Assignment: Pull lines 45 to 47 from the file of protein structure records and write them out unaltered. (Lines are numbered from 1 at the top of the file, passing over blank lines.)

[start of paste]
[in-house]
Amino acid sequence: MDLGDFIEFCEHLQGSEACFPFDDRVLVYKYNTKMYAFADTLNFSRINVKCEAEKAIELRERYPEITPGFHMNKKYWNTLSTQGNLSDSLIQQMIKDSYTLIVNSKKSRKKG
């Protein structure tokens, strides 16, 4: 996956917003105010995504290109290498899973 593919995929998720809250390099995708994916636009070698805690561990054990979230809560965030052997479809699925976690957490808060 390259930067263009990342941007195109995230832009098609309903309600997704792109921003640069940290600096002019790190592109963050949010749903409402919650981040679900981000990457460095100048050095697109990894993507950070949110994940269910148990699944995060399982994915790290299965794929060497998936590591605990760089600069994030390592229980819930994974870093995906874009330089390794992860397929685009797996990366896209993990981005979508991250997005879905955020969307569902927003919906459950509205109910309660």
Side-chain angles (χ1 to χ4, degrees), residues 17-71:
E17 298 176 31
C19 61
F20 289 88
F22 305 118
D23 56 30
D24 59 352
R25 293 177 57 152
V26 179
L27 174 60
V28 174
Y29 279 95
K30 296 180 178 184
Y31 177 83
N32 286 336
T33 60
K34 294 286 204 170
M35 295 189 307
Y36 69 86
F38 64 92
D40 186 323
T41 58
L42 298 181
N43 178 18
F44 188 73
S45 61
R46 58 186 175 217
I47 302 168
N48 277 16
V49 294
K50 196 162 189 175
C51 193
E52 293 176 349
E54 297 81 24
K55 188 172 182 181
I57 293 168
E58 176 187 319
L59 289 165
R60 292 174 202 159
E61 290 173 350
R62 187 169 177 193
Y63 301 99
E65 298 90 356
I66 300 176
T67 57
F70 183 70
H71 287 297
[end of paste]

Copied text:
Y63 301 99
E65 298 90 356
I66 300 176